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J Educ Eval Health Prof > Volume 11; 2014 > Article
Shankar: Medical humanities: developing into a mainstream discipline
To the editor
I read with great interest the article titled ‘Is assessment of medical humanities test needed in the national medical licensing examination of Korea: opinions of medical students and physician writers’ [1]. The author raises a number of issues related to medical humanities learning and assessment and the place of the subject in the medical curriculum. Medical humanities programs are now common in medical schools in many countries [2,3]. The case scenarios mentioned in the article as part of the questionnaire are mainly concerned with medical ethics. Medical ethics, an important area of study in its own right has attracted greater attention and interest than other areas of medical humanities. The relation between medical ethics and medical humanities has been debated in the literature. Kopelman [4] in an article published in 1998 mentioned that bioethics and medical humanities can be regarded as one field. The author mentions six features which unite the two areas ranging from the use of interdisciplinary approaches, dealing with certain important aspects of the human condition, employing cases and practical reasoning and finding morally justifiable solutions. However another author mentions that bioethics in medical schools should not be considered as a part of or substituted for medical humanities within the curriculum [5]. The author mentions that medical humanities has become a hand maiden to bioethics which has gained more acceptance and respectability. Bioethics may be more acceptable because it employs a more scientific method of reasoning while medical humanities employs a more humanistic approach. In a previous book chapter I had mentioned that ethical dilemmas, problems and standards of behavior can be immersed within a medical humanities course [2]. In the module I facilitate clinical scenarios and ethical issues play an important part.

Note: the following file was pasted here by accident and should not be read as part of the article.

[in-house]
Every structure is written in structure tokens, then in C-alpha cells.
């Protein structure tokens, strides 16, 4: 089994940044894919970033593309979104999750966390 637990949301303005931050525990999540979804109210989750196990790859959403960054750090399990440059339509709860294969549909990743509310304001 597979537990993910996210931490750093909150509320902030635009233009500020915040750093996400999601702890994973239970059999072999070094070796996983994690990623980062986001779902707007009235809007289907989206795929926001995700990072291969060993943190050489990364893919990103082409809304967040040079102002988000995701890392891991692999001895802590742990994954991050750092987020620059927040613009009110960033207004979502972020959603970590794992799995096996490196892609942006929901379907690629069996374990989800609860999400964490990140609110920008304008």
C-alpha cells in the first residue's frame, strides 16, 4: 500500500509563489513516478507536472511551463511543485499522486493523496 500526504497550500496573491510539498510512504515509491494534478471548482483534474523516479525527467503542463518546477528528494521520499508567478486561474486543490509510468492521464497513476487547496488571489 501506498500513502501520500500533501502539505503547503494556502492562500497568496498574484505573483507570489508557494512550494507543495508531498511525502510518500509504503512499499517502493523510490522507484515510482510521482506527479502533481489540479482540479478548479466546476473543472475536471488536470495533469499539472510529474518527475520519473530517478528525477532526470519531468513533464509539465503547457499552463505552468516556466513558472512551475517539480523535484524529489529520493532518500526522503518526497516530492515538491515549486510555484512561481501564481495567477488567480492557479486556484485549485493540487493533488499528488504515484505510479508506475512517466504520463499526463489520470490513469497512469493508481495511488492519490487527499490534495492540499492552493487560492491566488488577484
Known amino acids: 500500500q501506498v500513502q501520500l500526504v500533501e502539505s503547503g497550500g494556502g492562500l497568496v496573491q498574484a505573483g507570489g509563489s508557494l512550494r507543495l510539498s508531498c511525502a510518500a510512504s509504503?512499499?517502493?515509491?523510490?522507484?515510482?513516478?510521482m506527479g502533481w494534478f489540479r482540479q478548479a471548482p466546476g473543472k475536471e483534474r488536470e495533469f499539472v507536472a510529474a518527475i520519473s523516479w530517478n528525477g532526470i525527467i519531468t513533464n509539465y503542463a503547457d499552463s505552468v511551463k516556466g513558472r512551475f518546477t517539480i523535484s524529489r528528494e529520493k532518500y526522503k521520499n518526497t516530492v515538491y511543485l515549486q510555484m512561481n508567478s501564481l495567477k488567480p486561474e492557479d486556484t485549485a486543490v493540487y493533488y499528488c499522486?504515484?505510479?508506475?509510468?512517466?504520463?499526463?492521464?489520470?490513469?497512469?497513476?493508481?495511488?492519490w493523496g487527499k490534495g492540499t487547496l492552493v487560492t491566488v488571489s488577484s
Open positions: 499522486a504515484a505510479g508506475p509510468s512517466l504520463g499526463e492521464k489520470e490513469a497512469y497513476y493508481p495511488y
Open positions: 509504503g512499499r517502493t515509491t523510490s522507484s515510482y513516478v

I am happy to note that active associations of physician essayists and physician poets exist in Korea. There is a close association between doctoring and writing and many doctors have become famous writers. Doctors deal with human sickness, suffering, cure and foibles which can offer plenty of good writing material [6]. The process of writing also serves to crystallize ideas and concepts and helps in dealing with the stress associated with the profession. Two authors have recently expressed the view that medical humanities can be regarded as expressive of western culture [7]. Medical humanities is culturally limited by a pedagogical and scholarly emphasis on Western cultural artefacts, as well as a tendency to place an uncritical reliance upon foundational concepts (such as 'patient' and 'experience') within Western medicine. The authors also suggest that for medical humanities to grow and be accepted more widely other experiences and systems of medicine should be incorporated within the framework.
I have been involved with medical humanities for over eight years and have facilitated modules first in two medical schools in Nepal and now in Aruba in the Caribbean. We have used English as the language of the module in all our courses. Using English has both advantages and disadvantages which we had examined in a previous blog article [8]. The literature excerpts, and paintings we used/use were predominantly from western sources. The scenarios and role plays however dealt with local issues and in KIST Medical College, Nepal the role plays were conducted in Nepali, the local language. In many countries the language of medical instruction continues to be English and English literature exerts a powerful influence. In Korea with medical instruction in Korean I am sure local influences are stronger and Korean literature has a more substantial role.